In hearing, Democrats prove to be no ‘Goodfriend’ to Fed nominee

Policies that would increase transparency and accountability at the Federal Reserve would be promoted by the nominee to the Federal Reserve Board, he told a Senate committee Tuesday – before he faced a grilling by Democrats on the panel.

Marvin Goodfriend, nominated to the Fed Board in November by President Donald Trump, said in his opening statement at his nomination hearing before the Senate Banking Committee that he would use his experience of nearly 30 years of working as an economist at the Federal Reserve Bank of Richmond – and as an academic since then at Carnegie Mellon University in Pittsburgh – to address current policy issues.

The economist has in the past been described as a critic of the Federal Reserve’s response to the 2007-08 financial crisis (including “quantitative easing” and purchases of mortgage-backed securities), and is a supporter of a “rules-based” monetary policy (i.e., open to greater scrutiny by Congress).

The conclusion of his statement to the committee Tuesday marked the end of relatively easy going for Goodfriend, 67, especially when Democrats began posing questions.

Queries from Ranking Member Sherrod Brown (D-Ohio) set the tone. Questioned about his view of financial regulation, Brown charged that Goodfriend seemed dismissive of regulation. Brown said he based that view on past comments he attributed to Goodfriend that consumers should select which banks are the safest for their business.

“So does that mean that the job that [Jelena McWilliams, nominee for Federal Deposit Insurance Corp. (FDIC) chairman, also being considered at the hearing] shouldn’t exist?” Brown asked.

The nominee responded that he thought protection of consumers is incredibly important, not just for consumers but for the market economy. “What I meant, in that context, is that regulation, in that it focuses on firms – a good thing – in that it creates standards …”

Brown tersely interrupted: “Wait a minute, I’m not going to let you filibuster,” the senator said. “I’m reading your words – and you are saying that consumers should be ‘demanding shoppers.’ So, does that mean that the FDIC is simply not necessary, because consumers should figure out which of these banks are about to go under?”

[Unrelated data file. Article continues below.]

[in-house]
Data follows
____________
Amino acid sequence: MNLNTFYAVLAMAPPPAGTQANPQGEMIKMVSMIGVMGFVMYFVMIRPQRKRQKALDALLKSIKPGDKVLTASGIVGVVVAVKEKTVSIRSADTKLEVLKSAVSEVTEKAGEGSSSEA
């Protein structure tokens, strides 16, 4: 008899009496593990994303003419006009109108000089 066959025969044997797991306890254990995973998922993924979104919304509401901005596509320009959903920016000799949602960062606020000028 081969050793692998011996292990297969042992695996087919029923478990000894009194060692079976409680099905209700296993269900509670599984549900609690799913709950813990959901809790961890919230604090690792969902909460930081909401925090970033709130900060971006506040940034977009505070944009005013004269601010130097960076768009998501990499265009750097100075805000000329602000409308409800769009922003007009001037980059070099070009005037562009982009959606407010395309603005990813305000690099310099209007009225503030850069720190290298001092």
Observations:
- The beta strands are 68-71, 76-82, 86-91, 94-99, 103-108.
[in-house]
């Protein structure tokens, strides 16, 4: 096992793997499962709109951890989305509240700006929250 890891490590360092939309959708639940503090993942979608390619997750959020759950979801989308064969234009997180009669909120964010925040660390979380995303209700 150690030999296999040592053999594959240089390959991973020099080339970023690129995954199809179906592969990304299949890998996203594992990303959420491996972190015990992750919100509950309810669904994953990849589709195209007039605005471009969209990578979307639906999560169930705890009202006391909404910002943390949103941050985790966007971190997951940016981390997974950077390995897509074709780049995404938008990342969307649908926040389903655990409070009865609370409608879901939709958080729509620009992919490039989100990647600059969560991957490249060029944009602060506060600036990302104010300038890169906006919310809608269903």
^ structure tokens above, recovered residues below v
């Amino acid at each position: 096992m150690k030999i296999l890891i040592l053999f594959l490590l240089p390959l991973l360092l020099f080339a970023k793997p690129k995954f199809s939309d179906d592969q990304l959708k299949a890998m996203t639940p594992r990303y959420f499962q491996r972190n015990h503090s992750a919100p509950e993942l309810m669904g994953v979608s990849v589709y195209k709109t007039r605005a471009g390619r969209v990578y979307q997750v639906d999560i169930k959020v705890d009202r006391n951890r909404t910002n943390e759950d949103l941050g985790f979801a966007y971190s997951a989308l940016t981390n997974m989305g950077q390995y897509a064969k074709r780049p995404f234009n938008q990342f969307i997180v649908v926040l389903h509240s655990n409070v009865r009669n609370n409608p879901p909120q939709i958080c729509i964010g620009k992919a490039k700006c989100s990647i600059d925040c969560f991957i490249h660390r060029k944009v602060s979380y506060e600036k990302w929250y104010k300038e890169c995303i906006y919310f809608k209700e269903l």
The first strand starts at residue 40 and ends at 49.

“Absolutely not,” Goodfriend responded. “Consumers need to be informed, and the other half of regulation is informing consumers about the products that they are choosing between. That’s the point I was making in that context.”

Brown moved on to other past statements by the nominee. “In 2011 you told The Wall Street Journal that inflation scares are likely to recur and become more severe,” Brown said. “You also stated many times that you believed the Fed would be better off with a single mandate, focused solely on inflation rather than a dual mandate,” of reducing inflation and unemployment, Brown said. “In 2012 you called getting the unemployment rate then at 8.1% to below 7% a ‘herculean task’ that could lead to rising inflation that would lead to a disastrous economy.”

Brown added: “At the end of 2017, the unemployment rate was 4.1%, and the inflation rate remains below 2%. Why were you so wrong so many times?”

Goodfriend replied that “the essence of the Fed’s positon to stimulate the economy was based on years of generated credibility for anchoring long-run inflation. That credibility was critically important in order to keep stimulus in place for the last few years without generating inflation until we brought the unemployment rate down to something in the vicinity of …”

Brown interrupted again, asking, “So, would the economy have been in this good of shape if we had listened to Martin (sic) Goodfriend during this period?”

The Fed nominee told the senator that the “dual mandate is very well … It works because the two goals of low unemployment and low inflation are complimentary. And that’s exactly what was the case the last few years …”

Again, Brown interrupted, implying that Goodfriend has changed his tune since becoming a Fed nominee. “Do you now say there should be dual mandate with equal emphasis on inflation and full employment?” he asked

“I absolutely agree to that,” Goodfriend said. “In fact, I talk about how low inflation was the key to keep the unemployment rate down.”

Other Democrats questioning Goodfriend in a similar vein included Sens. Robert Menendez (N.J.) and Elizabeth Warren (Mass.).

Statement of Marvin Goodfriend